While we’re still in the rattle can aisle at the local big-box home improvement store, you’ll no doubt notice that thanks to about a billion Pinterest photos of DIY projects inflicted on estate sale dressers, there’s also a lot of different ‘faux’ finishes available, from marble-look to hammered metallic. Though most of these are going to look weird when applied to an entire car, you can pretty much guarantee that nobody else will be showing up at the local Friday night meet with a glow in the dark pale green hood. Yours truly once did an entire Sil-Forty in chalkboard paint and it turned out with surprisingly good results that could actually be written on and erased.
I’ll be Dipped
We’d be remiss if we didn’t mention the granddaddy of spray-bomb customization, generically known these days as “dip” but referred to in the industry as “peelable finishes.” From humble beginnings as a tall, skinny can of liquid rubber to dip tool handles, some unsung hero green-lit thinning it out and putting it in an aerosol can, and the rest is history. Once car guys discovered that not only could you use it to get a decent matte finish on things like wheels and side mirror housings, but if applied right you could also peel it off in big, satisfying sheets if you got tired of it without harming the paint underneath, the market exploded.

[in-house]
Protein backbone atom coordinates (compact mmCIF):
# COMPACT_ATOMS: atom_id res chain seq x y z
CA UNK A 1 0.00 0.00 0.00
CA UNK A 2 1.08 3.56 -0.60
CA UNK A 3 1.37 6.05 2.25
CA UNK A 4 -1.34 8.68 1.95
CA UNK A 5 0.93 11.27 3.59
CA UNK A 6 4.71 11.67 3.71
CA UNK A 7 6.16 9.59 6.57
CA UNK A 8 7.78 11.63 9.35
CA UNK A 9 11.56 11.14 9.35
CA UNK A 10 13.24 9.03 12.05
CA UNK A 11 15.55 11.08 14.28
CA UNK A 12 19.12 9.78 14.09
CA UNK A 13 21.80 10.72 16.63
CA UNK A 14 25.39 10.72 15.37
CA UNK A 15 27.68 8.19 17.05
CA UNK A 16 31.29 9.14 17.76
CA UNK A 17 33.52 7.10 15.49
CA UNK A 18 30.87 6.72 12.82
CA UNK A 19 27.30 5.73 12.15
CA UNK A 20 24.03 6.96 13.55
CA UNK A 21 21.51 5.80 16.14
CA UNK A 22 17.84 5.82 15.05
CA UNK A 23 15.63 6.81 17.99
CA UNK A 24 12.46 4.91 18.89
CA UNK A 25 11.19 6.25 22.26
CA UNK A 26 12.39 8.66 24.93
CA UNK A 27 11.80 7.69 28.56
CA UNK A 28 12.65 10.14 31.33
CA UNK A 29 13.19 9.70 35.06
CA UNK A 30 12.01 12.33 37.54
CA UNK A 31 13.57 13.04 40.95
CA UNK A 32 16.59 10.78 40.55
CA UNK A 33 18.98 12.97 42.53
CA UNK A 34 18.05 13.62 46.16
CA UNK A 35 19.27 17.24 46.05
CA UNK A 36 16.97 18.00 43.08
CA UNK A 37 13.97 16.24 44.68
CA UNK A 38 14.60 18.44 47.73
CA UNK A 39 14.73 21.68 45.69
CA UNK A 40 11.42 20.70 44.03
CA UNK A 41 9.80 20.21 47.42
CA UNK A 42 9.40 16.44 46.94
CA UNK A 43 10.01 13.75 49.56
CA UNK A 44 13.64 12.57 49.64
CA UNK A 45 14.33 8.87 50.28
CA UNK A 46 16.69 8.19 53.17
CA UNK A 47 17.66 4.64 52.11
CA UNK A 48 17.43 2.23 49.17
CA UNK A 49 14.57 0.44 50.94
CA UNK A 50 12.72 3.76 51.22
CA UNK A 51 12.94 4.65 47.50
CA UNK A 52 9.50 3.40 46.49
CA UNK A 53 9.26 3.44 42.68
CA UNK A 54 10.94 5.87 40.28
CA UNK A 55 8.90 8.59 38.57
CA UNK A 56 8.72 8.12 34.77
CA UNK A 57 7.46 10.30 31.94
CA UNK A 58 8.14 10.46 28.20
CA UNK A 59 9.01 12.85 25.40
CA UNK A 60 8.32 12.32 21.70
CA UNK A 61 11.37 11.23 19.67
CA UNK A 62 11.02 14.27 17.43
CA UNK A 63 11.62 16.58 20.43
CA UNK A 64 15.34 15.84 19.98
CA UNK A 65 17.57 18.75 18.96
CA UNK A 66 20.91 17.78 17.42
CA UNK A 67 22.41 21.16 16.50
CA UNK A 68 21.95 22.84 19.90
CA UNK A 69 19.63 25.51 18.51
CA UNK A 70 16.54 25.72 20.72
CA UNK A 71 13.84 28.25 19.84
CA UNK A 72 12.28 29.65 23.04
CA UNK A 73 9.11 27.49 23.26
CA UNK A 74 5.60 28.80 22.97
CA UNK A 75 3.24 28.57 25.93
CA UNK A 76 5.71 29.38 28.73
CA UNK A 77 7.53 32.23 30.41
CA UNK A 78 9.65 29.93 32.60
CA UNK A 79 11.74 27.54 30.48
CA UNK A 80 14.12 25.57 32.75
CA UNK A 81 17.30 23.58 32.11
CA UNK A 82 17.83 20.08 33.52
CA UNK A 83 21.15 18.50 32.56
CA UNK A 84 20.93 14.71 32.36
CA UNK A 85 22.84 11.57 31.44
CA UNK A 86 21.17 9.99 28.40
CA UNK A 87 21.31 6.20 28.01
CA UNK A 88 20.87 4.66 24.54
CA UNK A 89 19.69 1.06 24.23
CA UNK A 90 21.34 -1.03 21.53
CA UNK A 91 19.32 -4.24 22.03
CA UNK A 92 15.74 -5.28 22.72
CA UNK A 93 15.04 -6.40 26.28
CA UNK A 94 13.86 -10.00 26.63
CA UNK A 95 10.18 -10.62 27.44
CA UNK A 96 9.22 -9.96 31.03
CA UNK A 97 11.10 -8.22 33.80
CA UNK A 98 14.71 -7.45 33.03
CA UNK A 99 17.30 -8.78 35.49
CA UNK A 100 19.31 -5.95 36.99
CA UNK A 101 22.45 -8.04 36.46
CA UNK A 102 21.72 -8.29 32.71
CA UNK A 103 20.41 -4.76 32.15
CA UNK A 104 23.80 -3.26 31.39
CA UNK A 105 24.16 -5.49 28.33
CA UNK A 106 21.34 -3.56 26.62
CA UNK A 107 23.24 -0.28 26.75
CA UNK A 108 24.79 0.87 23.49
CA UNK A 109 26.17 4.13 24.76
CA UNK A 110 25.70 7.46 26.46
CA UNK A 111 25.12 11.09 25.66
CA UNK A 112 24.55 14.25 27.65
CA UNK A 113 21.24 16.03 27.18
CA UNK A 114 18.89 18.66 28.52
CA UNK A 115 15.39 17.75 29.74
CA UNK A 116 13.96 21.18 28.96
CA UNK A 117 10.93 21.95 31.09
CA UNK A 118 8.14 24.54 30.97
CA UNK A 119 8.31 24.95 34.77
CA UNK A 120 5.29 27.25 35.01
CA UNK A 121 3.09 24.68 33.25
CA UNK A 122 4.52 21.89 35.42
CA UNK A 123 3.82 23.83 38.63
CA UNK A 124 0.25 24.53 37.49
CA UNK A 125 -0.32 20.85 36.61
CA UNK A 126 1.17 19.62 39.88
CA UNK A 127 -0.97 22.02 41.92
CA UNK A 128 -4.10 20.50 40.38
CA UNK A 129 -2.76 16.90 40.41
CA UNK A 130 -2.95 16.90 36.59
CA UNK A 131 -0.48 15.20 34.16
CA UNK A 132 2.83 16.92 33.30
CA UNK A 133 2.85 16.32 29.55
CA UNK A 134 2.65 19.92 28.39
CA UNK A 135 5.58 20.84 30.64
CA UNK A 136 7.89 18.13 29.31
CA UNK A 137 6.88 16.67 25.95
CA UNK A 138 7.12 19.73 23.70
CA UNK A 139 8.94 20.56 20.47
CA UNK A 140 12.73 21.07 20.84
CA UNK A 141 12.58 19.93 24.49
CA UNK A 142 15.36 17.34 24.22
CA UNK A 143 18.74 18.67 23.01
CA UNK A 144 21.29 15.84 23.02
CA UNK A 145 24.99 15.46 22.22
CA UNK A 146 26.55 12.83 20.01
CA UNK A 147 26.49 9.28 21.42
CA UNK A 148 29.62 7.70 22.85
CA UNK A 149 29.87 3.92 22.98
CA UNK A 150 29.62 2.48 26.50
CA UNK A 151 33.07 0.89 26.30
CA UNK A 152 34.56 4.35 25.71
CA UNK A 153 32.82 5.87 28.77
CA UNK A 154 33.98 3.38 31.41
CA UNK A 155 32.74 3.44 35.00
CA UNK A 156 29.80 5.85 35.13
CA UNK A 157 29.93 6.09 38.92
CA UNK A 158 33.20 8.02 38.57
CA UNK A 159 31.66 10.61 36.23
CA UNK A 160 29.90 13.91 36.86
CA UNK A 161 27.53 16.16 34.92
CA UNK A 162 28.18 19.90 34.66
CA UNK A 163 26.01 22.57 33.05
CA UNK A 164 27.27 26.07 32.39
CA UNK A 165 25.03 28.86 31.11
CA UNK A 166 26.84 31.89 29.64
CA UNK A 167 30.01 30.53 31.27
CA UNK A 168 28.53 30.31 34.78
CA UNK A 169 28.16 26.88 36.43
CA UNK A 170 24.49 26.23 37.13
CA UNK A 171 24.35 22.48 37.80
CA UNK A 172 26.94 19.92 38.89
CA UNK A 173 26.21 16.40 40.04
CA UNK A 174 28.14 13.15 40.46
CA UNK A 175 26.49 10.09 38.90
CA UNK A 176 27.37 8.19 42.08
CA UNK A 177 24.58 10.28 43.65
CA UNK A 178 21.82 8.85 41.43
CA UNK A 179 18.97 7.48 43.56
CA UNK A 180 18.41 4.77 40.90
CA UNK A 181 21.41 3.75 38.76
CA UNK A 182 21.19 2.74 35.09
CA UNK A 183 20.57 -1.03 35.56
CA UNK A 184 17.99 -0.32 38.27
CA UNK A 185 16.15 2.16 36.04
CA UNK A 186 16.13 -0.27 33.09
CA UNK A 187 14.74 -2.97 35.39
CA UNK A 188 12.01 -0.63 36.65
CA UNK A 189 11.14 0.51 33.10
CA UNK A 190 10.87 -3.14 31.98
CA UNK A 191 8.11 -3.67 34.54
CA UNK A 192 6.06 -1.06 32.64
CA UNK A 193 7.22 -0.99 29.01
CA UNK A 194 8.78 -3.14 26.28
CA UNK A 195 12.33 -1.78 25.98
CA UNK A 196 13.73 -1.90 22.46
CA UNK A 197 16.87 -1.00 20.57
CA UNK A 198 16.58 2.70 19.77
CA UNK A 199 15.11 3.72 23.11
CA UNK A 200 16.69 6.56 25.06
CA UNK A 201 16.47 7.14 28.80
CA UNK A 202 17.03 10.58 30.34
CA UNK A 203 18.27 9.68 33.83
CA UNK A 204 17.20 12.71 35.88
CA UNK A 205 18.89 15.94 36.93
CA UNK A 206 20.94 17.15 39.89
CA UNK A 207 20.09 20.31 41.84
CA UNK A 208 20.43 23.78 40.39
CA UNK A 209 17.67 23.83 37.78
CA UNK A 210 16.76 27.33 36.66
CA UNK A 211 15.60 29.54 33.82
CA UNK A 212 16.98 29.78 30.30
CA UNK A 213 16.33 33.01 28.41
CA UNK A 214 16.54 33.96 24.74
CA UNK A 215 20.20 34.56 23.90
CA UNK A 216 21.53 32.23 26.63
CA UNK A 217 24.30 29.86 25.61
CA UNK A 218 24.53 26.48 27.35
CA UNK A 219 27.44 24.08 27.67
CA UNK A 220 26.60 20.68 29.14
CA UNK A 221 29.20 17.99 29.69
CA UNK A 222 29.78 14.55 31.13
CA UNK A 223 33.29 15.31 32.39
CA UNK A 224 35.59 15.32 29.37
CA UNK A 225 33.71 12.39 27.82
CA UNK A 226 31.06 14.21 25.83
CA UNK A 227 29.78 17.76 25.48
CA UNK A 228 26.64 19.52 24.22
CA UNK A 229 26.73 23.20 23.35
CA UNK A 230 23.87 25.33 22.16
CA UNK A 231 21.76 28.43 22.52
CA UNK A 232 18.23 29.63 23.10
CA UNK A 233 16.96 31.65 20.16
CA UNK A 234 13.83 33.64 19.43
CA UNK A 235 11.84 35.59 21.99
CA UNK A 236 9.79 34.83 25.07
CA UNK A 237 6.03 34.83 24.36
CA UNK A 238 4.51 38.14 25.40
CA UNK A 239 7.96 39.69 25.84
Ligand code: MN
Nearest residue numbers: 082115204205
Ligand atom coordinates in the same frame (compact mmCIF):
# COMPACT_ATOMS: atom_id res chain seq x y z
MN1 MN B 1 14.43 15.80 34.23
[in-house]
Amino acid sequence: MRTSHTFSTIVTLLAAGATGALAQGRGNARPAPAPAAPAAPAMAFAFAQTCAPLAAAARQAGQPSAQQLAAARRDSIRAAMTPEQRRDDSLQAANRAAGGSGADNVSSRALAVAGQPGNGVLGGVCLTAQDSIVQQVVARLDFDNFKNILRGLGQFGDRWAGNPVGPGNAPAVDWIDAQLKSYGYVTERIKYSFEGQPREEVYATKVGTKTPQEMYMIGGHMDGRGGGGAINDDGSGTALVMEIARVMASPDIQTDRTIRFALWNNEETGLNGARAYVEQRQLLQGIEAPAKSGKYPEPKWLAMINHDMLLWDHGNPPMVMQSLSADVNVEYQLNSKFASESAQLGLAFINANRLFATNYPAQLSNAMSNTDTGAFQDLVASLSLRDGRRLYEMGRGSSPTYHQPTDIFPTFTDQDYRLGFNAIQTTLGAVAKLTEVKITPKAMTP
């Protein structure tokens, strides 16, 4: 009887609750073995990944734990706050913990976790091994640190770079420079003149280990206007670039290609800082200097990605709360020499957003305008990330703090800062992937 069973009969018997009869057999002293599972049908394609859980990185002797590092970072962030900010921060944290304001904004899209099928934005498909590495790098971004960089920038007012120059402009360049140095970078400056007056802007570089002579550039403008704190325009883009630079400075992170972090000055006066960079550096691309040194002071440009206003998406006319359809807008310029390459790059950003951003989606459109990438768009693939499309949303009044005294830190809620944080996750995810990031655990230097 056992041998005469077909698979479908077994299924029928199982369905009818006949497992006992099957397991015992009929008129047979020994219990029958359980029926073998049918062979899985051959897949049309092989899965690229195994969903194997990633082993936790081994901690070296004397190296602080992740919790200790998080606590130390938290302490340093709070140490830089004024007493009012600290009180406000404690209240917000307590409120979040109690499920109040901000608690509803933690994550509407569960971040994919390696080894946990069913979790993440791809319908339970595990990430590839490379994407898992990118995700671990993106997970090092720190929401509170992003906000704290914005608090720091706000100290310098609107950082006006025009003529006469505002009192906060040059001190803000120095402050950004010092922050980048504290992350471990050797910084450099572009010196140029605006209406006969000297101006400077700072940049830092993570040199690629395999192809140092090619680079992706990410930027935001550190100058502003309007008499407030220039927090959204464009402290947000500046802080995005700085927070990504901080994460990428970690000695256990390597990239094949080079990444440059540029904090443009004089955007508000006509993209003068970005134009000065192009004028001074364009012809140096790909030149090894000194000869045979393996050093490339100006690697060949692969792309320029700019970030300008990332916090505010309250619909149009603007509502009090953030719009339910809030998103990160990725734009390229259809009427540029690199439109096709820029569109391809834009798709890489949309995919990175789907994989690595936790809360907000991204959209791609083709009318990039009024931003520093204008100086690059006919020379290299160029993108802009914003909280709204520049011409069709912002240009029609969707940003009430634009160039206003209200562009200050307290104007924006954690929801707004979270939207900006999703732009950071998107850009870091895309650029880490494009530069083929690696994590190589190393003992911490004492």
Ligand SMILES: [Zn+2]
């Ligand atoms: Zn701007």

Originally available from one company in any color you wanted, as long as you wanted red or black, today every major paint manufacturer offers a peelable coating of their own in a rainbow of hues. Additional formulas have made the coatings more UV and weather resistant, and gloss top coat and even vinyl-based ‘gloss straight from the can’ peelables that rival normal automotive finishes are available.